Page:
After piloting the model, then called Henne-Teen, in the same ambulatory clinic that housed our Aqui Para Ti program, we finally received a grant in 2014 through the Minnesota Department of Health’s Family Program Special Project program to expand it systemwide. We then changed the name to “Between Us” to represent the three core interventions: between youth and their providers, between parents of youth and providers, and between parents and teens.
We routinely train all our primary care workforce in how to create safe environments for both teens and parents. We conduct workshops and outreach to parents to give them the knowledge, skills, and confidence to parent positively and help their youth make sexual health decisions. We provide care coordination, which allows us to identify high-risk teens and connect them with the services needed during point-of-care at primary care clinic. We found terrific “champions” among staff throughout the process, mainly by answering honest questions about why this was a safety issue, as well as by listening to personal stories. Many staff told us “I needed something like this growing up” or “I wished you were there last year to support me coaching my teen.”
Thus far, we’ve served 580 patients through 887 encounters with 174 providers. We provided sexually transmitted infections testing to 62 percent of these patients and contraception to 25 percent of patients.
We presented our workflow at the EPIC Wisconsin Conferences in 2011 and 2015 and to the SAHM in 2017. SAHM’s 2014 recommendations for EHR use for adolescent health care are based on similar principles as our workflow.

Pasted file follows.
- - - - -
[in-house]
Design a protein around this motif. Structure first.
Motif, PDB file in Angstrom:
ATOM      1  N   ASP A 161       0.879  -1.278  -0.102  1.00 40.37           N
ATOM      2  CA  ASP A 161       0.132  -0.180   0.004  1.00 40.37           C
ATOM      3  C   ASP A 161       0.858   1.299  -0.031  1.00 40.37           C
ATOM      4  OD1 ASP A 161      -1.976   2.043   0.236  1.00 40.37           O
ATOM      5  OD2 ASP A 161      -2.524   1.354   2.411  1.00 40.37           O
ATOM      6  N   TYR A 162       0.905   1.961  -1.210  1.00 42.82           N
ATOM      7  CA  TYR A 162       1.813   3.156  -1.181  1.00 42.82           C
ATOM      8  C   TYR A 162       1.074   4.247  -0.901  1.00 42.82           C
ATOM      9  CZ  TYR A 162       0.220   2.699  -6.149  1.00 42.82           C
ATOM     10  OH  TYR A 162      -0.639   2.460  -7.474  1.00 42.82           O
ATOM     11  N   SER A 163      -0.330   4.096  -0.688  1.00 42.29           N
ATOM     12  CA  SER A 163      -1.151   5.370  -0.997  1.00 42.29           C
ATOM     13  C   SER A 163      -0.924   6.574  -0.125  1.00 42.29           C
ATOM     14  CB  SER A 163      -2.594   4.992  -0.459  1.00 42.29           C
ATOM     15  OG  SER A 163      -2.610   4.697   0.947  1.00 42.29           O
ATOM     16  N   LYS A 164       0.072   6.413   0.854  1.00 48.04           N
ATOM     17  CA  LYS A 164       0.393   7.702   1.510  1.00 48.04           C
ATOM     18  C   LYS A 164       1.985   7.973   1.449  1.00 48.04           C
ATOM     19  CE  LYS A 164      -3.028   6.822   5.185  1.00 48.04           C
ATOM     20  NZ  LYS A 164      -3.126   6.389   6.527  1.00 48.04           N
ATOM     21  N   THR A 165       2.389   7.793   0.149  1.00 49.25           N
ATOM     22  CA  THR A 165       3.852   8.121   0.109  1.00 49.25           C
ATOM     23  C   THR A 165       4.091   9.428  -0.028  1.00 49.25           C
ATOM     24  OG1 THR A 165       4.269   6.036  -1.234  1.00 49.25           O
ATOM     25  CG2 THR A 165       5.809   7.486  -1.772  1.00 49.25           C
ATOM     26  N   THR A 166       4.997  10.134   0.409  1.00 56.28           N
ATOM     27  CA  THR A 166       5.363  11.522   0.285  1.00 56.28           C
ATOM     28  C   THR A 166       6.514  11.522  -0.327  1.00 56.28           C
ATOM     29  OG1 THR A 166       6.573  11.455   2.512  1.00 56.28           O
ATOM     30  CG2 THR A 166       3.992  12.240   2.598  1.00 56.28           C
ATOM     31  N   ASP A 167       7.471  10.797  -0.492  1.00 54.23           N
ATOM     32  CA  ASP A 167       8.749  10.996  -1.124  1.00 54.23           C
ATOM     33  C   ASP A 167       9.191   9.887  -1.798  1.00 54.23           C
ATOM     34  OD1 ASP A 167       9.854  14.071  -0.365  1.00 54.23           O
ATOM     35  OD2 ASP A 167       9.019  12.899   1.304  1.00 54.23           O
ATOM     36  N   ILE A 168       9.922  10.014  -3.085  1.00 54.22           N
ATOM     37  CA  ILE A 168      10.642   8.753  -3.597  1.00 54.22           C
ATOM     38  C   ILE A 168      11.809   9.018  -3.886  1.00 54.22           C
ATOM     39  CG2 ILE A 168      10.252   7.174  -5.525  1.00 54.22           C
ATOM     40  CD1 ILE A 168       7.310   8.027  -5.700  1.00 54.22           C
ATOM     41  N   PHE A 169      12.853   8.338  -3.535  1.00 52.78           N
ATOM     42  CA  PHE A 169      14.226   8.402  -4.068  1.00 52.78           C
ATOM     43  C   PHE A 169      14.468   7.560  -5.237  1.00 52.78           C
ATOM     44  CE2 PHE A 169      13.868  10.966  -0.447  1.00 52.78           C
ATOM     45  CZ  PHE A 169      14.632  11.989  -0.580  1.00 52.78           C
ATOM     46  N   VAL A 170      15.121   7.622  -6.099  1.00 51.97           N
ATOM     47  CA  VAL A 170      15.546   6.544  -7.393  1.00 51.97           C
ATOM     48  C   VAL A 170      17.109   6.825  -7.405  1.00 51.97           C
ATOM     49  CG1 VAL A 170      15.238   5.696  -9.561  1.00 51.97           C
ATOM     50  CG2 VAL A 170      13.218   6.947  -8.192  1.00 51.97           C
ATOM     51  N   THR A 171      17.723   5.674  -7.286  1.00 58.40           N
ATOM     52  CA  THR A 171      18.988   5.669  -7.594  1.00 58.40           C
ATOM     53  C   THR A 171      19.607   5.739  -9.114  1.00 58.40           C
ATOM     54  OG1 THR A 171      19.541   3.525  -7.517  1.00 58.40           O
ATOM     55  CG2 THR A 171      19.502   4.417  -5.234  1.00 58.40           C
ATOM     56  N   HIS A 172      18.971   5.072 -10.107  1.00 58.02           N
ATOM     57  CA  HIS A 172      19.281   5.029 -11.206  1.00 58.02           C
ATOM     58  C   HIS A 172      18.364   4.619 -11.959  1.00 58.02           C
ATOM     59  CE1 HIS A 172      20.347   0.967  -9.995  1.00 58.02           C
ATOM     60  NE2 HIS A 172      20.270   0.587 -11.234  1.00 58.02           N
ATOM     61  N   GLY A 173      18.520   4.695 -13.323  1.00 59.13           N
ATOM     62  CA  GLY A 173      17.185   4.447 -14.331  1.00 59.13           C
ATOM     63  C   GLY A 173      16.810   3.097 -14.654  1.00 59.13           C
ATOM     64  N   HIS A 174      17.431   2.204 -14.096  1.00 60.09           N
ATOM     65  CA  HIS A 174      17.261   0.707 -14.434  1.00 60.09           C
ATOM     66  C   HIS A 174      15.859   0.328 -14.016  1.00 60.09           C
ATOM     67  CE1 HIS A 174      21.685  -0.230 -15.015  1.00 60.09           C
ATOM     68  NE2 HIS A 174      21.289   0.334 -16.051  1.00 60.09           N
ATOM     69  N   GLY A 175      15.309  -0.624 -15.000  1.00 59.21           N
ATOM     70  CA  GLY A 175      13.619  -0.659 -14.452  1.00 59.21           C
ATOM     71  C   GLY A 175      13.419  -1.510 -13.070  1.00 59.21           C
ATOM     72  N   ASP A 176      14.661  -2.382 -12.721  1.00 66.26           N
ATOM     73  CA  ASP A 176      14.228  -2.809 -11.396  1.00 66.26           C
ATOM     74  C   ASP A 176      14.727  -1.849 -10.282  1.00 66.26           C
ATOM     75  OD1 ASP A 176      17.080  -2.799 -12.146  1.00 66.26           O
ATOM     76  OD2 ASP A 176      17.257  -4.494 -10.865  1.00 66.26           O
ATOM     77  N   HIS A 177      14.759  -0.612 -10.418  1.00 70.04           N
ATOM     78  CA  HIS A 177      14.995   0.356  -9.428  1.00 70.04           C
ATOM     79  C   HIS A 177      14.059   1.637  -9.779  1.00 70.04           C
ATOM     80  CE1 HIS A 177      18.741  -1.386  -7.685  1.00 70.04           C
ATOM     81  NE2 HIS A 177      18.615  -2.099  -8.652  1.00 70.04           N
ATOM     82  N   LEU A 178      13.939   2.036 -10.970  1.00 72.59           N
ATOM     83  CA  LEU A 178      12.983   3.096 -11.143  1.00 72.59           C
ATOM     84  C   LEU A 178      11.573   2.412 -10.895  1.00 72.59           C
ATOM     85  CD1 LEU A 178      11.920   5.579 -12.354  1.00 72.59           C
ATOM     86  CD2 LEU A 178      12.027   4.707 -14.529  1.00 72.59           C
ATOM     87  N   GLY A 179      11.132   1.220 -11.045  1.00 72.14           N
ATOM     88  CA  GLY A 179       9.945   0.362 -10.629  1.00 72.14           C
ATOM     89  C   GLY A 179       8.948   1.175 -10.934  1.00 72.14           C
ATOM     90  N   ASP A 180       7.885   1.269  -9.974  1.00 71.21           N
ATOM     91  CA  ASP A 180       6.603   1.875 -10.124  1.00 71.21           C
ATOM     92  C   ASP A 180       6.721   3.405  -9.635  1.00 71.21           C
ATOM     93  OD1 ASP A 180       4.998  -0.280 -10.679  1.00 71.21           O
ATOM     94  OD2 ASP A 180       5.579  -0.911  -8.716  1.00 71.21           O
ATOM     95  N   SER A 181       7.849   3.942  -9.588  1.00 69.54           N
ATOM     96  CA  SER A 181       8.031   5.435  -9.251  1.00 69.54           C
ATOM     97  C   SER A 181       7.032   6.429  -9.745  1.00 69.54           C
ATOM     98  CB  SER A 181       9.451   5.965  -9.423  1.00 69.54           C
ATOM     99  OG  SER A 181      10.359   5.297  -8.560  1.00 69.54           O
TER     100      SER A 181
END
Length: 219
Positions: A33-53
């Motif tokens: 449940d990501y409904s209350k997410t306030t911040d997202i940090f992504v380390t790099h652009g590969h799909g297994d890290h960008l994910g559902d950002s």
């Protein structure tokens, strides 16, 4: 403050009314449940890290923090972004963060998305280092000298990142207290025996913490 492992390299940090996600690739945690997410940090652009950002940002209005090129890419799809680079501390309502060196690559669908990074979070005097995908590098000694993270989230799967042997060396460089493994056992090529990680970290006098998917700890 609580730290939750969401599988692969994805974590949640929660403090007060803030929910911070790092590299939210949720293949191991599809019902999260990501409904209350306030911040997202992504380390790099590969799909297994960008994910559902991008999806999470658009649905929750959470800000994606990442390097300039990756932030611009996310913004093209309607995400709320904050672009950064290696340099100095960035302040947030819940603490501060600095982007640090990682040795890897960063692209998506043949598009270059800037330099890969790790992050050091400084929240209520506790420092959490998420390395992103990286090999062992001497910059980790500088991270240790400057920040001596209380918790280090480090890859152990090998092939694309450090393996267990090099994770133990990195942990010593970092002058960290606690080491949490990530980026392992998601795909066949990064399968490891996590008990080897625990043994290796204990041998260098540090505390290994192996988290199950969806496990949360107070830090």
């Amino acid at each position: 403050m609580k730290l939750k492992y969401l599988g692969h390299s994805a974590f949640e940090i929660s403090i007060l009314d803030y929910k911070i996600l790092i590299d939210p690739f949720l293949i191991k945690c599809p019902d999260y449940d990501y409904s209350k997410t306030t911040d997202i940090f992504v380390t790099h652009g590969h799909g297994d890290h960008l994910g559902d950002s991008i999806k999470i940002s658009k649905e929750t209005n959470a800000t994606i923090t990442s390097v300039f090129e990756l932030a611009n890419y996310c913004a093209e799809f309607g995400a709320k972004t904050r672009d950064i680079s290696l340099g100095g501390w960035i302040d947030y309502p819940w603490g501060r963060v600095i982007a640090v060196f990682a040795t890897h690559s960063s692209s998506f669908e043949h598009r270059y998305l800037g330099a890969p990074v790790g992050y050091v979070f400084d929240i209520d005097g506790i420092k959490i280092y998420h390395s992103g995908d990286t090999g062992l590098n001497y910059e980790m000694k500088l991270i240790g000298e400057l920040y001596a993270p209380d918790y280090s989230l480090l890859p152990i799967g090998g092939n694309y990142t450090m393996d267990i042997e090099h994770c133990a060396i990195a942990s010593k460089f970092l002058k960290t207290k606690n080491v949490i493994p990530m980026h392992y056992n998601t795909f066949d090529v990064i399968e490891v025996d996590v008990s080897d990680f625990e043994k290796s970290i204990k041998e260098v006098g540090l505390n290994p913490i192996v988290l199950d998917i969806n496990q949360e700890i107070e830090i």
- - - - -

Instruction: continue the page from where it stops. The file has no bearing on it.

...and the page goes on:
A few months ago, writing charts after the clinic, my eyes went to the upper right corner of the EPIC screen. “What is that world icon there?” I asked myself, and, without thinking, I clicked on it (who cared, right? One more click in the midst of the hundreds per day!). A NEW world opened to me — I found an “EPIC social media” platform where users post innovations and discussions! I posted our innovation and our work in three different online “hubs”: internal medicine, family medicine, and pediatrics. Our workflow grew so much that EPIC agreed that we needed a new forum specifically for adolescent medicine to untangle the unique needs of our growing youth.
Our country’s youth have extraordinary, unique needs, highlighted by the National Academy of Medicine in its book Adolescent Health Services: Missing Opportunities. Essential hospitals like Hennepin have a critical place in serving those needs.
How many of you saw your own hospital in this story? How many of you are struggling with these same issues? The association wants to hear from you as we seek to continue supporting youth in essential hospitals. Tell us about your hospital’s work at email@example.com.
Maria Veronica Svetaz, MD, MPH , is the medical director of adolescent and family medicine and director of both the Aqui Para Ti/Here for You Primary Care Behavioral Health Home for Latino Families and the Between Us task force at Hennepin Healthcare, in Minneapolis. She wants to thank the other Between Us leaders for their passion and commitment: Bibiana Garzon, Jennifer O’Brien, Rachel Sixberry, and Javiera Monardez-Popelka.